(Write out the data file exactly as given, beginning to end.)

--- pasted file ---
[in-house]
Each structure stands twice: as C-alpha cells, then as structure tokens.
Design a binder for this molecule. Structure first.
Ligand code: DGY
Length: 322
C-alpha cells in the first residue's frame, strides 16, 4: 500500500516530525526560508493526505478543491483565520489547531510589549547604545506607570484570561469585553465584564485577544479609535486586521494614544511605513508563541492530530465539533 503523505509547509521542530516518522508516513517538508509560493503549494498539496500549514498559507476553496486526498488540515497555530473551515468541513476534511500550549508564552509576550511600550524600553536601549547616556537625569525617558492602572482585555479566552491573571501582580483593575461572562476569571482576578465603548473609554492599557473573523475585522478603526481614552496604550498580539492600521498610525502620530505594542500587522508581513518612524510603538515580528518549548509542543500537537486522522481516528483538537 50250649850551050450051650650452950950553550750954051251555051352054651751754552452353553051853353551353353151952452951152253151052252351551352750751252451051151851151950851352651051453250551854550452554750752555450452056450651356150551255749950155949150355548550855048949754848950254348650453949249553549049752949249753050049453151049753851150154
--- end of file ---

[in-house]
Each structure stands twice: as C-alpha cells, then as structure tokens.
Design a binder for this molecule. Structure first.
Ligand code: DGY
Length: 322
C-alpha cells in the first residue's frame, strides 16, 4: 500500500516530525526560508493526505478543491483565520489547531510589549547604545506607570484570561469585553465584564485577544479609535486586521494614544511605513508563541492530530465539533 503523505509547509521542530516518522508516513517538508509560493503549494498539496500549514498559507476553496486526498488540515497555530473551515468541513476534511500550549508564552509576550511600550524600553536601549547616556537625569525617558492602572482585555479566552491573571501582580483593575461572562476569571482576578465603548473609554492599557473573523475585522478603526481614552496604550498580539492600521498610525502620530505594542500587522508581513518612524510603538515580528518549548509542543500537537486522522481516528483538537 50250649850551050450051650650452950950553550750954051251555051352054651751754552452353553051853353551353353151952452951152253151052252351551352750751252451051151851151950851352651051453250551854550452554750752555450452056450651356150551255749950155949150355548550855048949754848950254348650453949249553549049752949249753050049453151049753851150154